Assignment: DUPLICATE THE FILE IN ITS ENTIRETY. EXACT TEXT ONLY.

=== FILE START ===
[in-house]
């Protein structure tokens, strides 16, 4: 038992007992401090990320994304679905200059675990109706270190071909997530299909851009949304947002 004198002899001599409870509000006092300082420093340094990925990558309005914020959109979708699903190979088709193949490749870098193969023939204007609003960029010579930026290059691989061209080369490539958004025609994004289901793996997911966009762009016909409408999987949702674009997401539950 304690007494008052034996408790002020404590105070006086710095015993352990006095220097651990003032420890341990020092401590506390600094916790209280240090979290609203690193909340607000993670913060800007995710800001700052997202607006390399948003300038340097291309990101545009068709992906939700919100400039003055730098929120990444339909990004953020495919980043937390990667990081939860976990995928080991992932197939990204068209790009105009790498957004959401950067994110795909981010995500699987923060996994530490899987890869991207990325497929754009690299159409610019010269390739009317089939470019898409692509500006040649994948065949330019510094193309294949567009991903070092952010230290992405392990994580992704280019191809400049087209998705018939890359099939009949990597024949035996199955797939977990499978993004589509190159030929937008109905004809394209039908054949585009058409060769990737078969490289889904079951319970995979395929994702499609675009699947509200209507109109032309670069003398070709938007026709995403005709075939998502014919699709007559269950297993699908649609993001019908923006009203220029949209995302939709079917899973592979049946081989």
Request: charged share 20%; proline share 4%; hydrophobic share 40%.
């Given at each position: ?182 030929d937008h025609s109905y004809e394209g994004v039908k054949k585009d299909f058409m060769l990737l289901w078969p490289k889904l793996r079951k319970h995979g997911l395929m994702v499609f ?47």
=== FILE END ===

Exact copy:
[in-house]
């Protein structure tokens, strides 16, 4: 038992007992401090990320994304679905200059675990109706270190071909997530299909851009949304947002 004198002899001599409870509000006092300082420093340094990925990558309005914020959109979708699903190979088709193949490749870098193969023939204007609003960029010579930026290059691989061209080369490539958004025609994004289901793996997911966009762009016909409408999987949702674009997401539950 304690007494008052034996408790002020404590105070006086710095015993352990006095220097651990003032420890341990020092401590506390600094916790209280240090979290609203690193909340607000993670913060800007995710800001700052997202607006390399948003300038340097291309990101545009068709992906939700919100400039003055730098929120990444339909990004953020495919980043937390990667990081939860976990995928080991992932197939990204068209790009105009790498957004959401950067994110795909981010995500699987923060996994530490899987890869991207990325497929754009690299159409610019010269390739009317089939470019898409692509500006040649994948065949330019510094193309294949567009991903070092952010230290992405392990994580992704280019191809400049087209998705018939890359099939009949990597024949035996199955797939977990499978993004589509190159030929937008109905004809394209039908054949585009058409060769990737078969490289889904079951319970995979395929994702499609675009699947509200209507109109032309670069003398070709938007026709995403005709075939998502014919699709007559269950297993699908649609993001019908923006009203220029949209995302939709079917899973592979049946081989």
Request: charged share 20%; proline share 4%; hydrophobic share 40%.
């Given at each position: ?182 030929d937008h025609s109905y004809e394209g994004v039908k054949k585009d299909f058409m060769l990737l289901w078969p490289k889904l793996r079951k319970h995979g997911l395929m994702v499609f ?47």